#4

[quote="Gordon_Sims, post:3, topic:249165"]
He added that it shouldn't be a problem since, "we're all adults."

[/quote]

yes, this explanation is alwasy "precious" with "we're all adults".:D


#5

I wouldn't go. I think it's inappropriate and inconsiderate of your boss to schedule something like that where you would not have privacy. Your boss could have scheduled a day-long outing instead.

Tell him that you appreciate being included, but that neither you nor your husband are comfortable with the situation, and that in the future if these team-building outings are only a day long, or located in a more suitable location for a married woman, you'll be happy to go. Make sure he understands you're not opposed to the team-building part, but make him aware that his choice of environment is not appropriate.


#6

I would say not to go. Explain to your boss that even if you are all adults, it is still inappropriate and, therefore, not not an acceptable way of team building. Then write up a nice e-mail reiterating your reasons for not going and send it to your boss. Make it polite, professional and as non-confrontational as possible, but also make sure that you note that your not attending should have no bearing on your employment. Make sure you do it before the event. When you send it, copy another e-mail address (a yahoo or gmail or some other non-company address) just in case it happens to go missing later.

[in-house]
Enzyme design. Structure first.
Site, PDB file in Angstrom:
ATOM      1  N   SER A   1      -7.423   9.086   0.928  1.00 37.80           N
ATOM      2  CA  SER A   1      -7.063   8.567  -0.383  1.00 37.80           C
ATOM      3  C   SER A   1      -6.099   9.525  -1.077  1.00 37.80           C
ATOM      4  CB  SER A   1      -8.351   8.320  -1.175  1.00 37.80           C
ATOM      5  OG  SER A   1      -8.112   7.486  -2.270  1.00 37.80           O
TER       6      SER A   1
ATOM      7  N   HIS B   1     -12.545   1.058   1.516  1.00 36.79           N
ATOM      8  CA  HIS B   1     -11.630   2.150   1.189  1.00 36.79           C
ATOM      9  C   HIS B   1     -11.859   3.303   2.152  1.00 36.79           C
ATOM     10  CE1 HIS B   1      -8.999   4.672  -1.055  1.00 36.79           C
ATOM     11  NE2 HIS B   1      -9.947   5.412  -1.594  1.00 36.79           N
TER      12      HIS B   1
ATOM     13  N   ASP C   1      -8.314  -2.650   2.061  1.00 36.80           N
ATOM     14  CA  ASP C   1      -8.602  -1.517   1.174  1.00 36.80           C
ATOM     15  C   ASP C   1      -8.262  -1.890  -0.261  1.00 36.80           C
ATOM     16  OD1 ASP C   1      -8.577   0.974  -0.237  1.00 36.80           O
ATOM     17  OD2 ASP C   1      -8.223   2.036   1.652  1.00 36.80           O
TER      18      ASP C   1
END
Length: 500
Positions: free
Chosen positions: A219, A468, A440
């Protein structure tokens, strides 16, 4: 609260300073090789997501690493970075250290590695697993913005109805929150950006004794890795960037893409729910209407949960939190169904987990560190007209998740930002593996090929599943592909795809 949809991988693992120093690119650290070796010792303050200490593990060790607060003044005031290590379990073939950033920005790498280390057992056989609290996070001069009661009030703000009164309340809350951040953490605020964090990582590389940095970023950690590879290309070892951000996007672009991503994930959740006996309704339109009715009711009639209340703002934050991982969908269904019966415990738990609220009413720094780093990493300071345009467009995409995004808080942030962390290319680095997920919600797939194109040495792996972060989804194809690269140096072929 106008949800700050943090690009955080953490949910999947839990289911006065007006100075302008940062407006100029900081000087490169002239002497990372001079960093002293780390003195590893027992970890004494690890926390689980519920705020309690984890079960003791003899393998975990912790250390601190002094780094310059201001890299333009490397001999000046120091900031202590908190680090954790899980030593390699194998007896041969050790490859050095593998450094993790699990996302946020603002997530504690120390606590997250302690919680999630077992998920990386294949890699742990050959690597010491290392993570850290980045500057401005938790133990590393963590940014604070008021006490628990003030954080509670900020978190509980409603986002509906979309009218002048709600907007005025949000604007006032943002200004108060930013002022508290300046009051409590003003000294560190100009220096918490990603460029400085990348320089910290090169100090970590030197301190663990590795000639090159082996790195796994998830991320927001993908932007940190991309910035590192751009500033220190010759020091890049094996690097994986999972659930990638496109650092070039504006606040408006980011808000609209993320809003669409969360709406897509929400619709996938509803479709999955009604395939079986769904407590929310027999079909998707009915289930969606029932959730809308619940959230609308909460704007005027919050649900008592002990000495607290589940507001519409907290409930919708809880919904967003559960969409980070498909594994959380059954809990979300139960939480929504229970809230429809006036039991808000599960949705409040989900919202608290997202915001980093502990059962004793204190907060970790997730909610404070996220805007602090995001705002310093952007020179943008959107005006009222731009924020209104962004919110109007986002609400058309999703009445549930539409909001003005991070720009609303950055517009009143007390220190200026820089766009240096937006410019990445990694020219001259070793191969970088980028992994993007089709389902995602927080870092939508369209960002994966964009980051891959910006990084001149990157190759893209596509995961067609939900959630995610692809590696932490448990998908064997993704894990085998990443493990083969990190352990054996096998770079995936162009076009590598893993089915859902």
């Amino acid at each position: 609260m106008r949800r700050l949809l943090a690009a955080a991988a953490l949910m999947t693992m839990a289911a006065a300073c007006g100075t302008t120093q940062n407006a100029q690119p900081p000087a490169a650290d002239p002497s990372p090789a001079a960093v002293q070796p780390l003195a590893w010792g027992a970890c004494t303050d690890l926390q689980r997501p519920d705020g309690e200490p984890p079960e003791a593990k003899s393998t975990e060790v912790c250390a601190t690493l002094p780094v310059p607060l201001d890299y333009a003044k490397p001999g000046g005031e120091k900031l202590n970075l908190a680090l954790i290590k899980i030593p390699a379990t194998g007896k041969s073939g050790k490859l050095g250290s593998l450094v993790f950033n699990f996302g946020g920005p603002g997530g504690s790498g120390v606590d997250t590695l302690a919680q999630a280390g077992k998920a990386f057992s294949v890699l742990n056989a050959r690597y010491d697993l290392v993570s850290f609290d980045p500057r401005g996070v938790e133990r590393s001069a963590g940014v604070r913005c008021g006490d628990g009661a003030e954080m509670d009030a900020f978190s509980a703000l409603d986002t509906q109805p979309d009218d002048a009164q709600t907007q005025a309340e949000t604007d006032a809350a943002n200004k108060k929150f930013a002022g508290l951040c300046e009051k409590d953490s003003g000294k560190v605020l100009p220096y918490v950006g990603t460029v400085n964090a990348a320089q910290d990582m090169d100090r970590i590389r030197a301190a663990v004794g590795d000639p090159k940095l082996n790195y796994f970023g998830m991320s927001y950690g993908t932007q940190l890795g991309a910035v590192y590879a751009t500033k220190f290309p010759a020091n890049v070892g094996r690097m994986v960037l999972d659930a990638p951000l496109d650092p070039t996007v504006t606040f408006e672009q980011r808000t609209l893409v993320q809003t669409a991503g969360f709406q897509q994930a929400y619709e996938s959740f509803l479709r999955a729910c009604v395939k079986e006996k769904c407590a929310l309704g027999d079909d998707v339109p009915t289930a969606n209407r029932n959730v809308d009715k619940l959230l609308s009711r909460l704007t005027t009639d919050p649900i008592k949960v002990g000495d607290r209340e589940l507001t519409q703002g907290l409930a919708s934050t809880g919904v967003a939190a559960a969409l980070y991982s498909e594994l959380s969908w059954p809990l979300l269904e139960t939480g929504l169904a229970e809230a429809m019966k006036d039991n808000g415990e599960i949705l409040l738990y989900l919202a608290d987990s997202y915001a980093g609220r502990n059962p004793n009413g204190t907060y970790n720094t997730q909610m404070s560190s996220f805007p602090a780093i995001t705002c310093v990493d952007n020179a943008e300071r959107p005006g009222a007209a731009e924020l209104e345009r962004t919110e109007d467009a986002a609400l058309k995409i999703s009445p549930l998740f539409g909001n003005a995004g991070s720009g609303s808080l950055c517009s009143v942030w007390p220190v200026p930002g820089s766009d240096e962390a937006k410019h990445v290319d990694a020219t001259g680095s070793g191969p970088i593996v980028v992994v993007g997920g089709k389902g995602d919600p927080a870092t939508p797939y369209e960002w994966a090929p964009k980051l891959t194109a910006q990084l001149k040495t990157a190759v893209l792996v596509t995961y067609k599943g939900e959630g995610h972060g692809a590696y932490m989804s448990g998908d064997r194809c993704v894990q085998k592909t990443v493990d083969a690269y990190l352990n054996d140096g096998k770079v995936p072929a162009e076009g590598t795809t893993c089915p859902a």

Peace

Tim


#7

A couple of things here.

First, you refer to this as "Boys and girls" not "men and women"...but it is the "boss" who put this together...Could I ask what are the approximate ages of the people involved here?

Second, I'd want to more about the arrangements and activities involved in this "retreat".

Third, there is the question of trust. If you are a "team member", then it is good if you can trust the other members of your team. Likewise they need to be able to trust you...Which also means respect

Fourth, if there are issues of trust and respect that are of concern to you, then by all means do not go.